On the first day of the 114th Congress, the Republicans in the House of Representatives made an unprecedented change to their rules that puts Social Security recipients at risk of receiving unnecessary cuts to their benefits. The House rule prevents funds from being reallocated between the Old Age and Survivors Insurance Trust Fund and the Disability Insurance Trust Fund, as has been previously done numerous times in the past on a bipartisan basis, unless such a move improves the "financial health of the combined Social Security Trust Funds." Though innocuous-sounding, in reality this almost certainly means cuts to Social Security.
There are two ways to improve the health of the combined Trust Funds. You can bring in new revenues, or you can cut benefits. The vast majority of Republicans have categorically rejected new revenues, meaning that the rule change will likely lead millions of beneficiaries to face benefit cuts. According to the Social Security Administration, in 2013 over 2.6 million Pennsylvanians received Social Security benefits, including over 400,000 on Social Security Disability Insurance.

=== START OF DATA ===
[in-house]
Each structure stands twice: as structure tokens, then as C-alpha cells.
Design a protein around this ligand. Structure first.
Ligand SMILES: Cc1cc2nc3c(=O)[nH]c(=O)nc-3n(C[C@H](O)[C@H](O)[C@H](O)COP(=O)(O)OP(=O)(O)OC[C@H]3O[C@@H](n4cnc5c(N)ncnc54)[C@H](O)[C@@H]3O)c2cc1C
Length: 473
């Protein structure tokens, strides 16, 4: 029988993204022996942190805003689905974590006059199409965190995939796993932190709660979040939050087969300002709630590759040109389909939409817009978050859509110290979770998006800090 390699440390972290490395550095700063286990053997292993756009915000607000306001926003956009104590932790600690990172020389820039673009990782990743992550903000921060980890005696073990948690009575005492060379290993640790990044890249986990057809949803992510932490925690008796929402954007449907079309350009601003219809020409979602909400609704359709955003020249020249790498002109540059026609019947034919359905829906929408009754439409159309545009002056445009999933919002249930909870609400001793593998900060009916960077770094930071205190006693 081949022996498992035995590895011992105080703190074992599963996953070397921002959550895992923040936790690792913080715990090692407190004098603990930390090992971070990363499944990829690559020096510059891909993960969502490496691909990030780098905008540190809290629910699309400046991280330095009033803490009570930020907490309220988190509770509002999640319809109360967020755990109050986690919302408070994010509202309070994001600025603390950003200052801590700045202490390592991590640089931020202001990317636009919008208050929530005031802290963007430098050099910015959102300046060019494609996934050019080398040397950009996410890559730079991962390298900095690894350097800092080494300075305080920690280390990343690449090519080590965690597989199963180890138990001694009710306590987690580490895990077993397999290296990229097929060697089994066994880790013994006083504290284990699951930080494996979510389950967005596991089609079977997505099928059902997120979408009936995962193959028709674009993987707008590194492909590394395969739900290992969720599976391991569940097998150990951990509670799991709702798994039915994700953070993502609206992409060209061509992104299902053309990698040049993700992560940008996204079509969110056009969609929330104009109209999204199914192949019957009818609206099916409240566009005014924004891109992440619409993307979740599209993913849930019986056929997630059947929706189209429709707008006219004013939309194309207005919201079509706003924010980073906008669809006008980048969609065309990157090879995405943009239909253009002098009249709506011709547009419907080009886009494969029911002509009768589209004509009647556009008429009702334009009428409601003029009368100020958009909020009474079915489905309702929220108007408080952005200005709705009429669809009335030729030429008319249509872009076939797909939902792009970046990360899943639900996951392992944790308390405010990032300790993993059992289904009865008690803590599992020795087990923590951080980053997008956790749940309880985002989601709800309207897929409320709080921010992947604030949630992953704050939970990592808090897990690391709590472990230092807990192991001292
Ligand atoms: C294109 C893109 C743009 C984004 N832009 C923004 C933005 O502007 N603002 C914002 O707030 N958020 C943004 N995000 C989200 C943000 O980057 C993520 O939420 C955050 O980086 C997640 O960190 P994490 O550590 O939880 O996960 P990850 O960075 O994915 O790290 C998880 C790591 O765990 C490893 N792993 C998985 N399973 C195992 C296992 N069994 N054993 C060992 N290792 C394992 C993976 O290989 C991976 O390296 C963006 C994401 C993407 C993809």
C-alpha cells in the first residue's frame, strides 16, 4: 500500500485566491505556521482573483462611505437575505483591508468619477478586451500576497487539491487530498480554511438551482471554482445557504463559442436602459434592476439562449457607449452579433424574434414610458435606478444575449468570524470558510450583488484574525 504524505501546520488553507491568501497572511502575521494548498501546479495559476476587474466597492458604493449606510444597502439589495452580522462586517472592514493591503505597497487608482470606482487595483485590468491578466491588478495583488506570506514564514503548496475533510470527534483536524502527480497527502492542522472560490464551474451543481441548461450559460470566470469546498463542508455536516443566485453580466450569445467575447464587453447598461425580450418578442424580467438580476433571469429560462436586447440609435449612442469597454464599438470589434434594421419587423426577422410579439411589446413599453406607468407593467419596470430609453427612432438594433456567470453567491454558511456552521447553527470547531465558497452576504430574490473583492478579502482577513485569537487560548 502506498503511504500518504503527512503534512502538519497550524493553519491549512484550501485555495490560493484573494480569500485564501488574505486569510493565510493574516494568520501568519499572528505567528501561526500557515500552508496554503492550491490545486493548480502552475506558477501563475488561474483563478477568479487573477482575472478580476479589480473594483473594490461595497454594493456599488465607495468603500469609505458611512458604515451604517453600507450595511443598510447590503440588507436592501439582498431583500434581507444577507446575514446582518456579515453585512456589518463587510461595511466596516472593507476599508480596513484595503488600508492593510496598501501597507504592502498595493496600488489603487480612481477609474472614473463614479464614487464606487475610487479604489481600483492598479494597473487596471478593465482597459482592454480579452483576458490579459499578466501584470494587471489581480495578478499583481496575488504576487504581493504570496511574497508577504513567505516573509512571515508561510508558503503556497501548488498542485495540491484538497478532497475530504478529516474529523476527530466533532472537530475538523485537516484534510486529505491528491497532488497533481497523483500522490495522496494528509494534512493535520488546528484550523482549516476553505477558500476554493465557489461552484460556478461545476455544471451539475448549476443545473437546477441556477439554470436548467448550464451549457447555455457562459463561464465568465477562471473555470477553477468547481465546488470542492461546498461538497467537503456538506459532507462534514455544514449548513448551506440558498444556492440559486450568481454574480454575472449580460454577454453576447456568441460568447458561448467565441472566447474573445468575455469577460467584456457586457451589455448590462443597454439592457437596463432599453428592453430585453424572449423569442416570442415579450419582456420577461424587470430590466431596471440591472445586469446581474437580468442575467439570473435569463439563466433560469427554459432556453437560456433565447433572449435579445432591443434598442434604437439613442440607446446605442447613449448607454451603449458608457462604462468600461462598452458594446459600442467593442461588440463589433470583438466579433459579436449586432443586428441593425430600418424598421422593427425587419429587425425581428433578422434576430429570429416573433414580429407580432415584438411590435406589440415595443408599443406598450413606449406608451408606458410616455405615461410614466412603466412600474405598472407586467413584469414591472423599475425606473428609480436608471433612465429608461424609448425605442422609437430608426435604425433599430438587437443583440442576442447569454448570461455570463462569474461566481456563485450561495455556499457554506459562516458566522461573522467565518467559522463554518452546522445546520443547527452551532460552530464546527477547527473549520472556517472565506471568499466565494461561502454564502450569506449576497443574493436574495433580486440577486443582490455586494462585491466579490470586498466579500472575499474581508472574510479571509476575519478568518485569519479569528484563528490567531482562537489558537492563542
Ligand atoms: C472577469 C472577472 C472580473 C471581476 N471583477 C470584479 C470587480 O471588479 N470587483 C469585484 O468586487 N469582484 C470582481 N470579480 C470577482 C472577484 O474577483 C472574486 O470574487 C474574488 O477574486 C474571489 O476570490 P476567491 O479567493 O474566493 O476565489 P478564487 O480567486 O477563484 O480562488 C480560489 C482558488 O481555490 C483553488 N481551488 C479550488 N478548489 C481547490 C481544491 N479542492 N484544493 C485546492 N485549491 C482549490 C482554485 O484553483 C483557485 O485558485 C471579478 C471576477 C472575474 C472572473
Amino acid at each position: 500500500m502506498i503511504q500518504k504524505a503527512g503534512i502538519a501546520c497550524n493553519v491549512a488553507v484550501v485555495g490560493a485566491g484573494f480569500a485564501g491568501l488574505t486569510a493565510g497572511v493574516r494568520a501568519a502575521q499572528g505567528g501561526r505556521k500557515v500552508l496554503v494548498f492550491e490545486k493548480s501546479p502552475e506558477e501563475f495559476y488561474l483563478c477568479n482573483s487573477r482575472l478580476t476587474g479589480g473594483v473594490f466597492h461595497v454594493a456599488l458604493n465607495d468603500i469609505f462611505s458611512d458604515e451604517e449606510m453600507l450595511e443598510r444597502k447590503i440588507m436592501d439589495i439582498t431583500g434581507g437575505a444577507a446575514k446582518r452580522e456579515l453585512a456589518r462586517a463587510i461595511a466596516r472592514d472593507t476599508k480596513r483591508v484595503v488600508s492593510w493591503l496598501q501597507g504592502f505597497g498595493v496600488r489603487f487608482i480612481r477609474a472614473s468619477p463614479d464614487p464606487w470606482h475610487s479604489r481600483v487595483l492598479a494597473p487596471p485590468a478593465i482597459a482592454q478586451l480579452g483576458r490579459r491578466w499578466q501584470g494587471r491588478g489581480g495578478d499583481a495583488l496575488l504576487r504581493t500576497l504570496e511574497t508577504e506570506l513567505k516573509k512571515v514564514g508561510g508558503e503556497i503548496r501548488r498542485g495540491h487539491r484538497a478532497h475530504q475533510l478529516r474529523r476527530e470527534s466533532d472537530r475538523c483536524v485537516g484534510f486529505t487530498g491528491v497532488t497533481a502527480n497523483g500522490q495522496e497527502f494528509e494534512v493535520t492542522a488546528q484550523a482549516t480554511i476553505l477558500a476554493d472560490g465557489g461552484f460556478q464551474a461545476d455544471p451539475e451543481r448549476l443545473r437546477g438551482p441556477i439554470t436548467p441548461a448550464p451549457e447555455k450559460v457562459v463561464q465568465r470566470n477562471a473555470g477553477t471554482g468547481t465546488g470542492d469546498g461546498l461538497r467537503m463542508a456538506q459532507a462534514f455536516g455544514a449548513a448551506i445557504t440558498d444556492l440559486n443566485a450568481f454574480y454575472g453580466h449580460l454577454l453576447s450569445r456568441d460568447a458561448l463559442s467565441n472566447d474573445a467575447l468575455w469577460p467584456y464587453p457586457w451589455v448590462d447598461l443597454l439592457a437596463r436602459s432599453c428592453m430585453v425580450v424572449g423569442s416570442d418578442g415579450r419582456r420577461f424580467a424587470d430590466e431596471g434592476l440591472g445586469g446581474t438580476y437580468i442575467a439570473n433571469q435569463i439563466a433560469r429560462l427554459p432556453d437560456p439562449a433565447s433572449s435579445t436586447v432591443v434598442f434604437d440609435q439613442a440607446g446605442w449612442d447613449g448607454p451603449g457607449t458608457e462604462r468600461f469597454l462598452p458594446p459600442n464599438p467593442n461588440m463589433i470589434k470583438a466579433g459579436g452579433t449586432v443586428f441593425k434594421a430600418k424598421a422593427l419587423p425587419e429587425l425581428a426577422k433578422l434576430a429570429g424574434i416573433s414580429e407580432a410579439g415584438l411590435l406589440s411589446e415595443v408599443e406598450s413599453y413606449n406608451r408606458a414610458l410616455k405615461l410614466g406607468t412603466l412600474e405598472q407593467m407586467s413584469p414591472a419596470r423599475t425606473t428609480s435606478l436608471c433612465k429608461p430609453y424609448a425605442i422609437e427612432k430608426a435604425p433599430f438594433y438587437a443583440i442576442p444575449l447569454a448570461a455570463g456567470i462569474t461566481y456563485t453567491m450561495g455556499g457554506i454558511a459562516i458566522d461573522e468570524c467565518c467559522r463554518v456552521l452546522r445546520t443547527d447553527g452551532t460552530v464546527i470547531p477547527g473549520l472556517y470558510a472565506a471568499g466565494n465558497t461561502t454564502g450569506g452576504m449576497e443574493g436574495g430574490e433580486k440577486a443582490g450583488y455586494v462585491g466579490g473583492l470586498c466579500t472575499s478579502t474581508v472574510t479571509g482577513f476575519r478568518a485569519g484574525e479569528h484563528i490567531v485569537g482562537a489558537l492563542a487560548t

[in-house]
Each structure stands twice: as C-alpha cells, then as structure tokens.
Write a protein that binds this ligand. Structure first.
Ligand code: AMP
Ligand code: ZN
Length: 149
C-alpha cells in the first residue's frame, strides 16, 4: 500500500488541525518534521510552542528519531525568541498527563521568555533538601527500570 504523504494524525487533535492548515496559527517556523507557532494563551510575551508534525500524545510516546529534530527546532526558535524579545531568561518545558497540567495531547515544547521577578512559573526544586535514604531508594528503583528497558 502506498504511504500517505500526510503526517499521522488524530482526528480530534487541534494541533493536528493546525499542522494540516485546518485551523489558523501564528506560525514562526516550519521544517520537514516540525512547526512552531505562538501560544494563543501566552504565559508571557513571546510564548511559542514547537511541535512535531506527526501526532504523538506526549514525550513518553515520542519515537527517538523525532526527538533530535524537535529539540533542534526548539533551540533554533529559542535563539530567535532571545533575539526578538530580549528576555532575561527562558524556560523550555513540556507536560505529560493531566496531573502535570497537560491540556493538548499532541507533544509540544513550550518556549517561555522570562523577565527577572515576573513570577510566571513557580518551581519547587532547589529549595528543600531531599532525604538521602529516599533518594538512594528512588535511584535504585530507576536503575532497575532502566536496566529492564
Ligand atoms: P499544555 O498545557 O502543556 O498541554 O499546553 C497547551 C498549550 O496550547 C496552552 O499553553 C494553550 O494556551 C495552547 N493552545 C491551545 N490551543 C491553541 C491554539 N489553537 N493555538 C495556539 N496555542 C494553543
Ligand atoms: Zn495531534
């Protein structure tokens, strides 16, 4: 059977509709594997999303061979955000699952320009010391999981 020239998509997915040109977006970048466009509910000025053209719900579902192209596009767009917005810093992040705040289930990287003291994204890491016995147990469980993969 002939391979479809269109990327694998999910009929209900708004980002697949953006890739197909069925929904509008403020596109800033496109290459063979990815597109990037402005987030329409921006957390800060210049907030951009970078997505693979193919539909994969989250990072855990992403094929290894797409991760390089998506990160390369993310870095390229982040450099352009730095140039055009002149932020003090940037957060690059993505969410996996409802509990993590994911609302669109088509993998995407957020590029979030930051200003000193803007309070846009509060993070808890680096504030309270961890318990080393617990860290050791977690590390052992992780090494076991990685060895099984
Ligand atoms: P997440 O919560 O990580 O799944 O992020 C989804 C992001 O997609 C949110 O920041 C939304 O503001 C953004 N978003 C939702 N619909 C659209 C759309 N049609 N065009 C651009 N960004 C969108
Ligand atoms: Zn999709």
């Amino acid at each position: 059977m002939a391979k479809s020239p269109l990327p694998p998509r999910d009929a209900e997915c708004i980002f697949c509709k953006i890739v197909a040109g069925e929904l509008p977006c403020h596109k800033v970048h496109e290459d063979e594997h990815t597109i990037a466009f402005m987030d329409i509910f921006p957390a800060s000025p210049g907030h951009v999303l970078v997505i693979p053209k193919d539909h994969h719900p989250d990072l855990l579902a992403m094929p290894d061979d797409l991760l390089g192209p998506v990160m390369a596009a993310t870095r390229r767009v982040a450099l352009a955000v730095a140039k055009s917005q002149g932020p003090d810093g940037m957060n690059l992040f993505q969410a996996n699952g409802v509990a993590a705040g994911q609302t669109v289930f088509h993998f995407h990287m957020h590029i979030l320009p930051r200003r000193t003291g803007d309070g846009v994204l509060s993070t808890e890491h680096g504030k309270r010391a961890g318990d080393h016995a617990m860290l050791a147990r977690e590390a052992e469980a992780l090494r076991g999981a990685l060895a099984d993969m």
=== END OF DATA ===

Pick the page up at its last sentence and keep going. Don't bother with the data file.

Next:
Without question we need to find a way to improve the solvency of the Social Security program, and I look forward to working with my colleagues on the Finance Committee to do this. But it is also without question that this will not be done by mean-spirited partisan actions that pit one group of beneficiaries against the other. Beneficiaries in both programs have worked hard and paid into the system. We owe them real answers to real problems. Let us work together to strengthen both programs and provide security to millions of Americans.